From Phil Shuman:
If you visit the scene of the Ezell Ford shooting at 65th and Broadway in South LA, almost a year later, a mural, candles, a teddy bear, a baseball cap, candles, they're all still there. Reminders. It took that long for the civilian Los Angeles Police Commission to find one of the two officers was ‘‘out of policy ‘' in the shooting last August of the 25-year-old man whose mother says was mentally ill.
That decision was a small bit of good news for his grieving mother, and many in the community, but there are others that don't believe that's enough. They want District Attorney Jackie Lacey to file a criminal case against the officer who was found ‘‘out of policy'' in addition to whatever administrative penalty LAPD Chief Charlie Beck decides on, if any. Earlier, Beck's departmental investigation concluded both officers were justified in shooting, a decision the Police Commission, his civilian bosses appointed by the Mayor, disagreed with.
I spoke with Reverend KW Tulluss, of the National Action Network, Al Sharpton's organization. He called on Lacey to act, saying ‘'We ‘re asking that the DA do the right thing. We saw on Friday, an officer charged in the death of Alicia Thompson and convicted. No one person is above the law ." That was for assault; this would be for shooting someone. Much different A prosecution like that hasn't happened in this county, for any law enforcement agency, since 2001. Beck, who was to hold his own news conference yesterday as is his custom after the Police Commission meeting but cancelled it abruptly, did issue a short video message only to his officer today saying in essence ‘'I support you." It was supposed to be internal, but once someone leaked it and it ended up on YouTube, the LAPD decided to give it out to the news media and by extension the public.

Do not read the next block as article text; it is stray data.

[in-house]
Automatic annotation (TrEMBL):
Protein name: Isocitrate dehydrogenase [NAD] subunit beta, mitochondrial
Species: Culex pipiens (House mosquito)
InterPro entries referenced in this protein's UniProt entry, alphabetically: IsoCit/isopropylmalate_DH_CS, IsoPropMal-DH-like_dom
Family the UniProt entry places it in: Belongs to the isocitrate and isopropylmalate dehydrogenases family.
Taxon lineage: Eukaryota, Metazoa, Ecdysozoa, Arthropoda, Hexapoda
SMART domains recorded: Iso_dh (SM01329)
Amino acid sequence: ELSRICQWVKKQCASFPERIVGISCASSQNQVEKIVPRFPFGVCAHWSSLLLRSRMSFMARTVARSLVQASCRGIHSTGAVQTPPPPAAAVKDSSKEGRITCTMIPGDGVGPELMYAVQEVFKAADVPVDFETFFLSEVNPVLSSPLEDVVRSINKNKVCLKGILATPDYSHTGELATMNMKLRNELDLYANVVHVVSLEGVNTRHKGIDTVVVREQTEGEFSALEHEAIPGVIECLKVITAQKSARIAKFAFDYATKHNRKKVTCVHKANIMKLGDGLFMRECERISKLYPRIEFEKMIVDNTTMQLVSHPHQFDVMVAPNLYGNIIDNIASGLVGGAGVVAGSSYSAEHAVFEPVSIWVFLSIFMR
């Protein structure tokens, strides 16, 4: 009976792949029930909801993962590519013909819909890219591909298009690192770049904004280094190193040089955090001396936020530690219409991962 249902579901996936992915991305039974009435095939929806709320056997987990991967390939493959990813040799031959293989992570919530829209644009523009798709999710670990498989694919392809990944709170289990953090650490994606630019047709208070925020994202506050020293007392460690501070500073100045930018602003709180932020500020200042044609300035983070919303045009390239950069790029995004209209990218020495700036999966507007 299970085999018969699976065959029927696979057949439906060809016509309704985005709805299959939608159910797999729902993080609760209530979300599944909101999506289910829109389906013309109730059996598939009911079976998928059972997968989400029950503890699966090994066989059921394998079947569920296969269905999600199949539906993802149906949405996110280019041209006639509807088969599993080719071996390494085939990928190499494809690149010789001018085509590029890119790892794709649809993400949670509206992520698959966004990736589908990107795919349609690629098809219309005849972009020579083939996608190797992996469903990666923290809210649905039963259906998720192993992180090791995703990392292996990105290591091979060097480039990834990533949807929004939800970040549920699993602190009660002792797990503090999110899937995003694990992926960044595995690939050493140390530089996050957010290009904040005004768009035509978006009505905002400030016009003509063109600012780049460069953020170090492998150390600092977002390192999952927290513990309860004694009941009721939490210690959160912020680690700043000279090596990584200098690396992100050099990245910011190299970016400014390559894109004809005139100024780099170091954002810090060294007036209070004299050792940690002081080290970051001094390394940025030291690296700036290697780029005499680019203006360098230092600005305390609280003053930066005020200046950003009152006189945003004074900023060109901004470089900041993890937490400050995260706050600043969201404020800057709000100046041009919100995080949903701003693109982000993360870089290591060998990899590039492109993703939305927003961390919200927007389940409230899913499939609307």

So what will D.A. Lacey do? She isn't saying, of course, simply issuing a statement from her office saying, in summary, ‘‘it's under review ‘'. Her people have to believe they can get a conviction beyond a reasonable doubt in order to file charges. History has shown here and elsewhere that no matter how upsetting a given incident might be, if police are in essence doing their job and claim they feared for their lives, it's very tough to get a conviction.